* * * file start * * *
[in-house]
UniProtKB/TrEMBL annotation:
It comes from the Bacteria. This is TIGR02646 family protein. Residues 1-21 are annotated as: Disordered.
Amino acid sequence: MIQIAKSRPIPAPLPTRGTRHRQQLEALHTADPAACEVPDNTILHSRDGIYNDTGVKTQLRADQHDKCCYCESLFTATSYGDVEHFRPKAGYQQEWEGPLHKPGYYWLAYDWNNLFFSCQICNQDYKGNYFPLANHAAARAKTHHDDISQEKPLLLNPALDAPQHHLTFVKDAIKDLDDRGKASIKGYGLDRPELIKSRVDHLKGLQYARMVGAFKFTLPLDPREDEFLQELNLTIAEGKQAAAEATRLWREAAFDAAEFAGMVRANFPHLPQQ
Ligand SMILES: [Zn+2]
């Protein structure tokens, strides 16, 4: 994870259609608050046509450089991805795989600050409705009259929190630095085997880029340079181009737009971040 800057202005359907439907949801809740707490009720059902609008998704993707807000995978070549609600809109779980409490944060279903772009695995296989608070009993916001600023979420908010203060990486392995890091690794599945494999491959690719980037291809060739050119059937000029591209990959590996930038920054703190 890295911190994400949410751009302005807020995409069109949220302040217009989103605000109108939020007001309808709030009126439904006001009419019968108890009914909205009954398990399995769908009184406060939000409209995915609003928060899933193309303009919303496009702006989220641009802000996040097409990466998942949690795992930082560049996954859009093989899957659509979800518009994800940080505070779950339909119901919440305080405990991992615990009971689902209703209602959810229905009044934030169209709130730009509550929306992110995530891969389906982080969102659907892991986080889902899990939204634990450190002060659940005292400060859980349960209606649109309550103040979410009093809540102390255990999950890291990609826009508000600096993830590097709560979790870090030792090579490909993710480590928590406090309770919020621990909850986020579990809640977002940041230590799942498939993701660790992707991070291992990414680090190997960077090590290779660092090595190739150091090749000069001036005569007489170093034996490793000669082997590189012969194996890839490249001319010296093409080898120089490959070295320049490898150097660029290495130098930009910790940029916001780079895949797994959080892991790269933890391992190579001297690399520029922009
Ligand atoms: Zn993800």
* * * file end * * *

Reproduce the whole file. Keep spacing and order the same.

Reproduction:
[in-house]
UniProtKB/TrEMBL annotation:
It comes from the Bacteria. This is TIGR02646 family protein. Residues 1-21 are annotated as: Disordered.
Amino acid sequence: MIQIAKSRPIPAPLPTRGTRHRQQLEALHTADPAACEVPDNTILHSRDGIYNDTGVKTQLRADQHDKCCYCESLFTATSYGDVEHFRPKAGYQQEWEGPLHKPGYYWLAYDWNNLFFSCQICNQDYKGNYFPLANHAAARAKTHHDDISQEKPLLLNPALDAPQHHLTFVKDAIKDLDDRGKASIKGYGLDRPELIKSRVDHLKGLQYARMVGAFKFTLPLDPREDEFLQELNLTIAEGKQAAAEATRLWREAAFDAAEFAGMVRANFPHLPQQ
Ligand SMILES: [Zn+2]
């Protein structure tokens, strides 16, 4: 994870259609608050046509450089991805795989600050409705009259929190630095085997880029340079181009737009971040 800057202005359907439907949801809740707490009720059902609008998704993707807000995978070549609600809109779980409490944060279903772009695995296989608070009993916001600023979420908010203060990486392995890091690794599945494999491959690719980037291809060739050119059937000029591209990959590996930038920054703190 890295911190994400949410751009302005807020995409069109949220302040217009989103605000109108939020007001309808709030009126439904006001009419019968108890009914909205009954398990399995769908009184406060939000409209995915609003928060899933193309303009919303496009702006989220641009802000996040097409990466998942949690795992930082560049996954859009093989899957659509979800518009994800940080505070779950339909119901919440305080405990991992615990009971689902209703209602959810229905009044934030169209709130730009509550929306992110995530891969389906982080969102659907892991986080889902899990939204634990450190002060659940005292400060859980349960209606649109309550103040979410009093809540102390255990999950890291990609826009508000600096993830590097709560979790870090030792090579490909993710480590928590406090309770919020621990909850986020579990809640977002940041230590799942498939993701660790992707991070291992990414680090190997960077090590290779660092090595190739150091090749000069001036005569007489170093034996490793000669082997590189012969194996890839490249001319010296093409080898120089490959070295320049490898150097660029290495130098930009910790940029916001780079895949797994959080892991790269933890391992190579001297690399520029922009
Ligand atoms: Zn993800």